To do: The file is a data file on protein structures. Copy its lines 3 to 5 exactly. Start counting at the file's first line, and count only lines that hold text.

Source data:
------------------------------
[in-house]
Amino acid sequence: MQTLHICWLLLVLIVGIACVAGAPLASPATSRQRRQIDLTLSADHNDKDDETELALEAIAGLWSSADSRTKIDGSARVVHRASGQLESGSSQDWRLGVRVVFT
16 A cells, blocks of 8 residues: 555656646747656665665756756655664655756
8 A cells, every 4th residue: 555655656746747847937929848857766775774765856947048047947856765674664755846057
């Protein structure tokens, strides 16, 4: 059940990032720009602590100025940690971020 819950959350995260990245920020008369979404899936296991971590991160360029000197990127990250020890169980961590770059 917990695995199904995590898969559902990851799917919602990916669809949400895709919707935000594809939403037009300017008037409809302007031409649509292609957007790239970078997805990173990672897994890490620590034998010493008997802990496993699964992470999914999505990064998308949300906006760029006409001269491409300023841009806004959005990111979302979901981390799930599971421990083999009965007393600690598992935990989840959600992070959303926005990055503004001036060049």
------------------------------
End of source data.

16 A cells, blocks of 8 residues: 555656646747656665665756756655664655756
8 A cells, every 4th residue: 555655656746747847937929848857766775774765856947048047947856765674664755846057
């Protein structure tokens, strides 16, 4: 059940990032720009602590100025940690971020 819950959350995260990245920020008369979404899936296991971590991160360029000197990127990250020890169980961590770059 917990695995199904995590898969559902990851799917919602990916669809949400895709919707935000594809939403037009300017008037409809302007031409649509292609957007790239970078997805990173990672897994890490620590034998010493008997802990496993699964992470999914999505990064998308949300906006760029006409001269491409300023841009806004959005990111979302979901981390799930599971421990083999009965007393600690598992935990989840959600992070959303926005990055503004001036060049």